Evanna Lynch World Elephant Day interview!
Nat Geo Kids chats to Harry Potter star and STAE ambassador Evanna Lynch…
Did you know that World Elephant Day is on the 12th August?
To celebrate, we caught up with actress Evanna Lynch, best known for playing Luna Lovegood in the Harry Potter series, who recently travelled to Kerala, India, with Duncan McNair, founder of the charity Save The Asian Elephants. She tells us what it is that makes elephants so special, this World Elephant Day...
Nat Geo Kids: What is it about elephants that makes you love them?
Evanna: They are intelligent, social and emotional animals full of love and compassion for their friends and family, and even protective of humans and other species if they find them in trouble!
Baby elephants are sweet and playful, adult elephants are beautiful and wise. They are huge, powerful animals but when left alone elephants are peaceful, gentle creatures.
I love how they can multi-task with their trunks to breathe, smell, pick fruit from trees, drink, wash, trumpet and cuddle – imagine if humans had noses like that!
Elephants are the most incredible creatures and the world’s largest land mammals and herbivores.
What’s your favourite fact about elephants?
Evanna: There are so many extraordinary facts to choose! I love how elephants can smell water up to 5 km (3 miles) in distance.
Elephants communicate with each other up to 10 km (6 miles) away by low-frequency rumbles that they listen to through their feet and up to their ears, which deserves credit for being a superpower!
Elephants are an essential part of an ecosystem’s plant biodiversity too, because they spread seeds for hundreds of miles via their poop, a natural fertiliser!
Without elephants, other plant and animal species would go extinct too. Elephants make forests come to life.
What’s the difference between African and Asian elephants?
Evanna: Both male and female African elephants have tusks. Only adult male Asian elephants have tusks. Females only have tushes, tiny protruding tusks you can barely see.
Asian elephants are smaller overall and their ears are shaped like the country India. African elephants’ ears are bigger and shaped like the African continent.
What led you to support Asian elephants in particular?
Evanna: Many people think about the threat African elephants face from poachers trying to take their ivory, but we also need to fight for Asian elephants’ survival and protection in all the countries where they live, such as India and Thailand.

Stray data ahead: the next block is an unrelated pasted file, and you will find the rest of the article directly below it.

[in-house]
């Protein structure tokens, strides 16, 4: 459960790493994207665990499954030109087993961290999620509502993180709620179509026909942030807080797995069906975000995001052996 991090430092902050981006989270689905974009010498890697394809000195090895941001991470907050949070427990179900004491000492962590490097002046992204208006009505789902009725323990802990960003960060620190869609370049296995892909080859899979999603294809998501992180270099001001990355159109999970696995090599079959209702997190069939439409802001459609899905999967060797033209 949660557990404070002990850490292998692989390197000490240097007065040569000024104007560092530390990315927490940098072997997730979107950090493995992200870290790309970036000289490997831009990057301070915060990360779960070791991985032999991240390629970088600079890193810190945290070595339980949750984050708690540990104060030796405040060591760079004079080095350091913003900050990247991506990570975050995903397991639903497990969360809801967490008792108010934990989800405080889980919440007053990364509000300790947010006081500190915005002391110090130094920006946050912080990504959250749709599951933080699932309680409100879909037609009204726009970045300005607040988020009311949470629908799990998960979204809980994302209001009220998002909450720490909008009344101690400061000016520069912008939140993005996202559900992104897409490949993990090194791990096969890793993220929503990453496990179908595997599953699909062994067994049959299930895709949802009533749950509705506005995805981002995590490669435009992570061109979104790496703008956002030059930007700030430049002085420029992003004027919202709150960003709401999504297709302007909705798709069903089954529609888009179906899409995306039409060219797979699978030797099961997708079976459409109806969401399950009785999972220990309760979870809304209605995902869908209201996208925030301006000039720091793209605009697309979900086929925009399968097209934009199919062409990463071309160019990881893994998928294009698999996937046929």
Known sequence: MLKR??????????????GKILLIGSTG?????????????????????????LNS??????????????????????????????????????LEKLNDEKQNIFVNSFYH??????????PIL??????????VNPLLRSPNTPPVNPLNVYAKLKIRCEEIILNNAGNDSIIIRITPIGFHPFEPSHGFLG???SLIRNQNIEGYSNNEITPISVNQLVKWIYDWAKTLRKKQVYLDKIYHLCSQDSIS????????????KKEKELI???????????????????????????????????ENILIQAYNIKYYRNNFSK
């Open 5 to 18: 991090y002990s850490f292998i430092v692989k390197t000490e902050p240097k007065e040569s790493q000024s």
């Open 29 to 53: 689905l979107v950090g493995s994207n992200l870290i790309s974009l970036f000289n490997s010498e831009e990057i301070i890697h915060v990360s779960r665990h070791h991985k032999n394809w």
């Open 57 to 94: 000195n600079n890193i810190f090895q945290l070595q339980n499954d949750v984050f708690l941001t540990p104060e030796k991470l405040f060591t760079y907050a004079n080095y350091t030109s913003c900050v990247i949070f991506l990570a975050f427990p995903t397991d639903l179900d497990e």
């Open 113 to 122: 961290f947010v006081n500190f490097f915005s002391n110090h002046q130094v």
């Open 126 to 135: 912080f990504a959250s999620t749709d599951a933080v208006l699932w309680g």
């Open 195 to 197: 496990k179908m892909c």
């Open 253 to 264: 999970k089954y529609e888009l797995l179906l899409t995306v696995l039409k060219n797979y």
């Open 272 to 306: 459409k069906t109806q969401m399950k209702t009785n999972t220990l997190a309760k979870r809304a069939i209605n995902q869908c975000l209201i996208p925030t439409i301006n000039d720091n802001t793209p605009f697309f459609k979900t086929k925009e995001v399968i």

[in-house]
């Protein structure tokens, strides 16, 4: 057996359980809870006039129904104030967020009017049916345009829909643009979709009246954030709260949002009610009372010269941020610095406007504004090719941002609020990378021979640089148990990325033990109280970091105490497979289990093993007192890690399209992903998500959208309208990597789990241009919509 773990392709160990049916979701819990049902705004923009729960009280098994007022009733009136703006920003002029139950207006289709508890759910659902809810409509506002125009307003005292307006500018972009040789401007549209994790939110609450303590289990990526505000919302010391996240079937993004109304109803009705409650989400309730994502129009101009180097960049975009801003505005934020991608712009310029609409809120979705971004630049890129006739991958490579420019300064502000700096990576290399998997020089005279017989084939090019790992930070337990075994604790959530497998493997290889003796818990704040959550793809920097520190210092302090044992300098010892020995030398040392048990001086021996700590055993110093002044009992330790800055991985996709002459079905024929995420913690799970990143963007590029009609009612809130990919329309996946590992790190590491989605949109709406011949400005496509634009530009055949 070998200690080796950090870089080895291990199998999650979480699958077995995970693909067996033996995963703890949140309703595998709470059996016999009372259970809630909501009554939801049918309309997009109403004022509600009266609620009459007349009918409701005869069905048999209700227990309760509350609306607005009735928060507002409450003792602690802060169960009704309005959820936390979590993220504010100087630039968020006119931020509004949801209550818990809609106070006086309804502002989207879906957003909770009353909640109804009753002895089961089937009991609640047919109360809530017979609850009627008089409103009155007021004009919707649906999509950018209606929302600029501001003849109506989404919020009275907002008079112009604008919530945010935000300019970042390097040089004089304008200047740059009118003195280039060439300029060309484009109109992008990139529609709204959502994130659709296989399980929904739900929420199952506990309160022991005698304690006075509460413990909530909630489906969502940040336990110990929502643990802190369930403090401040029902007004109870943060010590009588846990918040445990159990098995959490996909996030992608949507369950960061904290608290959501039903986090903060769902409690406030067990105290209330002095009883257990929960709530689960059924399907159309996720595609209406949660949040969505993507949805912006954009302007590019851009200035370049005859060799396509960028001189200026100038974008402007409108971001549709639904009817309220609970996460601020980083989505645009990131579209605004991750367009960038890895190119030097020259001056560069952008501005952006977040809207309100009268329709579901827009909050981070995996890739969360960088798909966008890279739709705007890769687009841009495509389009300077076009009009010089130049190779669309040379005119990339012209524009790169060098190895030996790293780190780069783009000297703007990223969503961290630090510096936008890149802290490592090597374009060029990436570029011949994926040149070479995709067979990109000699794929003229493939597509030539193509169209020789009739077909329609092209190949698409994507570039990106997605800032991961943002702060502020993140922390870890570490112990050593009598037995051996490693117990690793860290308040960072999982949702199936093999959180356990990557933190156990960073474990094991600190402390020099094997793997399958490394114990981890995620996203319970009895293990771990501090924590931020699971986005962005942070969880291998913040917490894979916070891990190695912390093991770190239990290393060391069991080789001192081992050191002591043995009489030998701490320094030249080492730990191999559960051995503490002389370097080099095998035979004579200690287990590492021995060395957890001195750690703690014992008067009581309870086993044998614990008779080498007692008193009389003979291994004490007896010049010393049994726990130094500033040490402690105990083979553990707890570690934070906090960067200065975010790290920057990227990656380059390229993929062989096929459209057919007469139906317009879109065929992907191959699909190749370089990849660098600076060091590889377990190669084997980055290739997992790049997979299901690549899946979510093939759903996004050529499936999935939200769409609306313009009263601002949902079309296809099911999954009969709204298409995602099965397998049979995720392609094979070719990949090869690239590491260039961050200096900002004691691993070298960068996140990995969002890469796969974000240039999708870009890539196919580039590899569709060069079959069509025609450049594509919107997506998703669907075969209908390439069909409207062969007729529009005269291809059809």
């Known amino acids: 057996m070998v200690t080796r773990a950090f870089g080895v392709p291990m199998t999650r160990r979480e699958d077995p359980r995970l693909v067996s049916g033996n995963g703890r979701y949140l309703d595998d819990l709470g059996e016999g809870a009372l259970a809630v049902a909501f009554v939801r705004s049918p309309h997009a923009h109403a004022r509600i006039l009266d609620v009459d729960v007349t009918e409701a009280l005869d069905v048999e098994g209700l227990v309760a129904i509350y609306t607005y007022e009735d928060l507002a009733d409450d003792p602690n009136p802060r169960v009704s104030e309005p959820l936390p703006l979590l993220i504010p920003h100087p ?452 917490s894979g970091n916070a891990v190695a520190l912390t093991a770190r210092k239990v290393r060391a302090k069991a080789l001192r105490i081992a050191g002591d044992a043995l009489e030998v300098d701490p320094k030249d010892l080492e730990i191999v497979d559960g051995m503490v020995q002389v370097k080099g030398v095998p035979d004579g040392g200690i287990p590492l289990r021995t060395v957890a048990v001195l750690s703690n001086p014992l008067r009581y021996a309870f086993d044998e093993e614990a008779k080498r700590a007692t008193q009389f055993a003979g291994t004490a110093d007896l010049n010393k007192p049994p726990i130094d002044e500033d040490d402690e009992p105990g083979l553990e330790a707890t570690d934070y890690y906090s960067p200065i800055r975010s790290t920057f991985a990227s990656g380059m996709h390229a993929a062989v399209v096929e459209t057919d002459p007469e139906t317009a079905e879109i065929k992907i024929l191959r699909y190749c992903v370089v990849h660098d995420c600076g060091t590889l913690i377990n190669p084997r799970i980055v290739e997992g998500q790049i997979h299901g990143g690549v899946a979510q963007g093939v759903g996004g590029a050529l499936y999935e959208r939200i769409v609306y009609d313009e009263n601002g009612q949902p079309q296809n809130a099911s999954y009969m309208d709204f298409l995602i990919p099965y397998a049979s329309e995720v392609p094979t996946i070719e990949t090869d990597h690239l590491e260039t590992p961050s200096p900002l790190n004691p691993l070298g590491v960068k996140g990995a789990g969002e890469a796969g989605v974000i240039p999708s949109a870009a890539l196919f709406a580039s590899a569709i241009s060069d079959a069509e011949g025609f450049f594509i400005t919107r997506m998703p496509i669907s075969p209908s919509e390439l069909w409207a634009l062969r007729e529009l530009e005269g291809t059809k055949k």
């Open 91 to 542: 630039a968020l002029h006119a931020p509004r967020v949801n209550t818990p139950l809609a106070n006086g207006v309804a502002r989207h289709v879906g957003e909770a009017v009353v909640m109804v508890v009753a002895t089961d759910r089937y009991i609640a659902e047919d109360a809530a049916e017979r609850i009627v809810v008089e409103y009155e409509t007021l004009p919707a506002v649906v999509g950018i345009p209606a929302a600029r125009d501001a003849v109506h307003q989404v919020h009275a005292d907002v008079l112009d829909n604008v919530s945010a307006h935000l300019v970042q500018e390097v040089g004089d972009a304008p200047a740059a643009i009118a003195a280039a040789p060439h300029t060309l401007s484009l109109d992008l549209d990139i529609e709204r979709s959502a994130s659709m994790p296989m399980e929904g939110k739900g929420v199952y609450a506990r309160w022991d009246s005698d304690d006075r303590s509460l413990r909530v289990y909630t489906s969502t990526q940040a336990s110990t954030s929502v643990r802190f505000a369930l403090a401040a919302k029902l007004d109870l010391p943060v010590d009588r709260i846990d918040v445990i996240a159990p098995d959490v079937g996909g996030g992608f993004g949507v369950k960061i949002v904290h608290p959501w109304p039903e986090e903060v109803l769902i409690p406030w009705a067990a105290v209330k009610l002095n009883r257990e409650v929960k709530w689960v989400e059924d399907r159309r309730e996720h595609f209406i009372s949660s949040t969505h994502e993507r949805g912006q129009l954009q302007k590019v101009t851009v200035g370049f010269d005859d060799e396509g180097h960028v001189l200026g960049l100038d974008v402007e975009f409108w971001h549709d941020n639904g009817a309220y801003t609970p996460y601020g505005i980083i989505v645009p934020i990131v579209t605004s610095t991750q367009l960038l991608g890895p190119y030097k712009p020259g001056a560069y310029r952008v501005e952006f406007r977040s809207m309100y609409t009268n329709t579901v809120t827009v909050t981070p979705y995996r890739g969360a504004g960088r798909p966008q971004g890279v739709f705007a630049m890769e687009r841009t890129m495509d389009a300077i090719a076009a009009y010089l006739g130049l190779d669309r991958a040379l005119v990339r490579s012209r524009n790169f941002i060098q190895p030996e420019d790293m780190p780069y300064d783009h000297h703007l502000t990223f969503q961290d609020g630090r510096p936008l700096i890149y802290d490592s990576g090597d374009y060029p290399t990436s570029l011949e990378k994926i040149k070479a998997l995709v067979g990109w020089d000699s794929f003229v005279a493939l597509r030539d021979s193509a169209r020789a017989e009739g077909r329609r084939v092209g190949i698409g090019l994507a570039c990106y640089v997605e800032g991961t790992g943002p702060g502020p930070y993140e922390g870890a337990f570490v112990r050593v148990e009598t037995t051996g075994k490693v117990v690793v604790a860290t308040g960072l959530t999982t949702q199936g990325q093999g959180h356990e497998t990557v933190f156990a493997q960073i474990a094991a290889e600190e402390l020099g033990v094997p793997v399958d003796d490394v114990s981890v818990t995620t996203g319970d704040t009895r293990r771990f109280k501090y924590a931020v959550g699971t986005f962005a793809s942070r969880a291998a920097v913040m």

The Asian elephant is a highly endangered species with less than 40,000 left worldwide, less than a tenth of the African elephant population!
Sadly, few people know this. They think the main threat to elephants’ existence is ivory. This is true for African elephants, but for Asian elephants, the threat also comes from other factors as well, such as: habitat loss, conflict with humans, and baby elephants being taken from the wild to be used in festivals, circuses, trekking, rides and other photo opportunities with tourists.
I learned from Save The Asian Elephants (STAE) that elephants have to be beaten to be “tamed” for elephant rides and other entertainment. Elephants are wild animals, they only let people ride them because their spirits are broken.
It has opened my eyes to how entertainments popular with holidaymakers can be cruel to elephants. Next time I go to the incredible and magical India I would like to see wild elephants living free in in their natural habitat.
Why is World Elephant Day (12 August) an important day?
Evanna: Elephants are being driven to extinction because of humans. It’s very important to raise awareness of the elephant species’ plight before it’s too late.
The illegal wildlife trade – selling animals taken from their natural homes and environments, or selling items made from animal parts – urgently needs to be stopped to save elephants worldwide.
What would your dream future for elephants look like?
Evanna: All elephants should live in their herds, free in the wild in protected forests, with “elephant corridors” (safe crossings) maintained so they can roam for miles without running into human-elephant conflict.
If it’s not possible for former captive elephants to live in the wild they should live in genuine sanctuaries where the only human interaction is for the elephants’ care and best interest.
No poaching, no beatings, no tricks, no costumes, no riding, no chains and no cages!
What advice would you give for supporting elephants this World Elephant Day?
Evanna: You would be shocked at how many of your closest friends and family simply don’t know the damaging effects of elephants being used for entertainment.
People only support elephant tourism because they want to be close to a magnificent animal. But when they understand what it takes to ‘break’ an elephant’s spirit they won’t want anything to do with it.
Raising awareness among family and friends can make a huge difference.
If we don’t help elephants, the species won’t exist in the future. Extinction means gone forever.